The right Ventricle.
DD.
The Fence of the Heart.
FIGURE V. The inside of the Heart.
A.
The Orifice of the Coronary Vein.
B.
An Anastomosis between the hollow Vein and the veiny Artery, con­spicuous only in new born Insants, in ripe years consolidated.
CCC.
The treble pointed Valves.
DDD.
The right Ventricle of the Heart open'd.
aa.
Passages terminating in the Fence.
FIGURE VI.
A.
The Arterious vein dissected in the right Ventricle.
BBB.
The Semilunary or Sigmoi­des Valves, in the Orifice of the said Vein.
CCC.
The right Ventricle of the Heart open'd.
FIGURE. VII.
A.
The Arterious Vein dissected.
B.
A mark of the Anastomosis be­tween the veiny Artery and the hollow Vein, as being only to be seen in the Birth.
bb.
Passages terminating in the Fence within the Membranes.
CC.
Two Miter-like Valves seated in the left Ventricle at the entrance of the Arterious Vein.
DD.
The left Ventricle of the Heart open'd.
FIGURE. VIII.
A.
The great Artery dissected near the Heart.
BBB.
The Semilunar Valves belong­ing to it.
CC.
The left Ventricle of the Heart.
D.
Part of the left Ventricle re­flexed.
FIGURE IX.
AB.
A right and left Nerve of the sixth pair, to the Lungs.
C.
A middle Branch between each Nerve.
D.
An Excursion of the same to the Pericardium.
EE.
Two larger Branches of the rough Artery, Membranous be­hind.
FF.
The hinder Part of the Lungs.
G.
The proper Membrane of the Lungs separated.
HH.
A remainder of the Pericar­dium.
I.
The Heart in its place, with the Coronary Vessels.
FIGURE X.
AAA.
The inner Superficies of the Sternon, and Gristles connex'd.
BB.
The Mammary Veins and Ar­teries descending under the Ster­non.
C.
The glandulous Body called the Thymus.
DDDD.
The sides of the Media­stinum pull'd off.
EE.
A hollowness caused by a vul­sion of the Sternon, between the Membranes of the Mediastinum.
F.
The Protuberancy of the Mediasti­num, where the Heart is seated.
GG.
The Lungs
HH.
The Diaphragma.
I.
The Sword resembling Gristle.
FIGURE XI. The Diaphragma.
AB.
The right and left Nerve of the Diaphragma.
C.
The upper Membrane of it separa­ted.
D.
The fleshy substance of it bare.
F.
The Hole for the hollow Vein.
[Page]GGG.
The Membranous Part or Center of the Diaphragma.
HHH.
The Appendixes of the same between which the great Artery de­scends.
FIGURE XII. The glandulous Body seated by the Larynx.
AAA.
The Kernels growing to the Larinx.
B.
A portion of the Iugular Vein, two Branches of which pass for­ward through the said Kernels.
FIGURE. XIII. The Aspera Arteria taken out of the Lungs.
A.
The rough Artery cut off below the Larynx.
B.
The right Branch of it, divided first twofold; afterward into se­veral Bronchia.
C.
The left Branch divided in like manner.
dddd.
The Extream Parts of the Branches terminating in little Membranous Channels.

The EXPLANATION of the Tenth TABLE In Fol. 357.

Shewing the Bronchial Artery discover'd by Frederic Ruysch; together with the substance of the Lungs as it was obser­ved by Malpigius.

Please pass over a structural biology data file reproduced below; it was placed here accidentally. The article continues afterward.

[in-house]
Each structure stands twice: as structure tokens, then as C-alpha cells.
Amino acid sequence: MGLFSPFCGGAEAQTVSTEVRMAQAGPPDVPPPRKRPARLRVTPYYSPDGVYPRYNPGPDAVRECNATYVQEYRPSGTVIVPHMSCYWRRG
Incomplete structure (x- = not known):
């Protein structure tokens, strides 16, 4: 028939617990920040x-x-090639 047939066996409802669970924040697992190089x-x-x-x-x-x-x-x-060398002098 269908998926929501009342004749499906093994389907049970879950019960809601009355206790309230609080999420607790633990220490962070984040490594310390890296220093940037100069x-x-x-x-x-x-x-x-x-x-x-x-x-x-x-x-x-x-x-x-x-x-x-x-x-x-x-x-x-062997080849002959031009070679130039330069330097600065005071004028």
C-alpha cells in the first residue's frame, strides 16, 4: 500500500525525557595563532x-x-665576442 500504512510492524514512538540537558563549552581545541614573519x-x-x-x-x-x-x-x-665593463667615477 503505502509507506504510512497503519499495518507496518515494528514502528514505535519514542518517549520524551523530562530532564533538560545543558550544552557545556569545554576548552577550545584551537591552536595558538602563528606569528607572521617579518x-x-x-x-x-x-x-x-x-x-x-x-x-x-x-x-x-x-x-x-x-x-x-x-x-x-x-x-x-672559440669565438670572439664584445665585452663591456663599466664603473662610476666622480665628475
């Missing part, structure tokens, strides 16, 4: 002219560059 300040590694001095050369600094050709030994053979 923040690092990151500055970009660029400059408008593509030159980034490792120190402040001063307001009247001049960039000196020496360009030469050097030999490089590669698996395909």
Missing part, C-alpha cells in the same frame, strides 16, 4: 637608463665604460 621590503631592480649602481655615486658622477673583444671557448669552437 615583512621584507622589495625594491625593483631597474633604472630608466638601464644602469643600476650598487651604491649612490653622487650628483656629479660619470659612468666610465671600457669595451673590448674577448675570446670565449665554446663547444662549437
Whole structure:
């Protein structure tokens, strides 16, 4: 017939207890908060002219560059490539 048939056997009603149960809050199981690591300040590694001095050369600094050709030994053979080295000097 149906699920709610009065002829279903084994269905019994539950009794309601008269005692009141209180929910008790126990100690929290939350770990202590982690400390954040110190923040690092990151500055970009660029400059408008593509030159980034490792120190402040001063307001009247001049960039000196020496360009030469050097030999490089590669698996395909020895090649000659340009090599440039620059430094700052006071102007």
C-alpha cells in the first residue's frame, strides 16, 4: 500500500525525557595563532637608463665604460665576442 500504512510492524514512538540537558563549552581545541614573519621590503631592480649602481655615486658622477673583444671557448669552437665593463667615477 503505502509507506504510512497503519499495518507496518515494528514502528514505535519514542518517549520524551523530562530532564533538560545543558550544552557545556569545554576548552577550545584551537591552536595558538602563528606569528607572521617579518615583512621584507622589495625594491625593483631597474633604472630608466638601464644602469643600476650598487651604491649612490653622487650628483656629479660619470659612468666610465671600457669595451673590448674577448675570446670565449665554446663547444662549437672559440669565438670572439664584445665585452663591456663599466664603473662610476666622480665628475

FIGURE I. The Ramification of the Bronchial Artery.
A.
THe hinder Part of the Aspe­ra Arteria, of a Calf cut off from the Larynx.
B.
The right Branch.
C.
The left Branch.
D.
The Bronchial Artery, the little Branches of which accompany the Bronchia to the end.
E.
The hinder part of the descend­ing Artery, from whence the In­tercostals proceed.
F.
The uppermost Branch, to be found in Calves and Cows only.
FIGURE II. This and the following shew the substance of the Lungs.
  • The outermost Piece of the Lungs dry'd containing the Net as it is delineated.
FIGURE III.
  • The Inner Vesicles and hollownesses shaddow'd, with a particle of the space in the upper part annex'd. But the Original and entire Pro­pagation could not be expos'd to the Eye by the Graver's Art.
FIGURE IV.
  • The various concinnation of the Lobes, above the Trachea and Pul­monary Vessels, which are shewn as taken out from their natural Si­tuation.
FIGURE V. The Lungs of Frogs, with the Trachea annex'd.
A.
The Larynx, which is half gristly. [Page]
[figure]
[Page]
Tab. XI.
[Page]B.
A little Chink, which is exactly closed at the Will of the Animal, and being closed, keeps the Lungs Swelled with Air.
C.
The Seat of the Heart.
D.
Part of the Exterior Lungs.
E.
The propagated Net of the Cells
F.
The Propagation of the Pulm [...]y Artery.
G.
The Hollow Part of the Lung cut in the middle.
H.
The Propagation of the Pulmona­ry Vein, shooting forth to the tops of the Sides.
FIGURE VI. Shews the meer Cell, with­out the intervening Sides, encreased in Magnitude.
A.
The inner Area of the little Cell.
B.
The Sides torn away and stop­ped.
C.
The Trunk of the Pulmonary Artery, with the Branches Appen­dent, terminating as it were in Net-work.
D.
The Trunk of the Pulmonary Vein, wandring with its running Branches over the Tops of the Sides.
E.
A Vessel at the Bottom, common as well to the lateral Angles of the Sides, as to the continued Ramifi­cations of the Net.

The EXPLANATION of the Eleventh TABLE In Folio 370.

Shewing the Larynx with its Muscles; as also the Aspera Arteria, the Gullet, the recurring Nerves, and the upper Part of the Throat, with its Muscles.

FIGURE I. The Prospect of the Larynx before.
A.
THE Hyoides Bone covered with certain little Mem­branes.
B.
The lower Side of the Hyoides Bone.
D.
The upper Side.
F.
The Second Pair of Muscles, com­mon to the Larynx.
G.
The Second Pair of common Mus­cles, ill described about the Origi­nal being so narrow.
N.
The First Pair of Muscles proper to the Larynx.
I.
Part of the Shield-resembling Gri­stle.
FIGURE II. The hinder Part of the Larynx.
L.
The Epiglotis.
H.
The Guttal Gristle.
V.
The Ninth Muscle of the Larynx.
K.
The hinder Part of the annular Gristle.
FIGURE III. The hinder Lateral Prospect of the Larynx.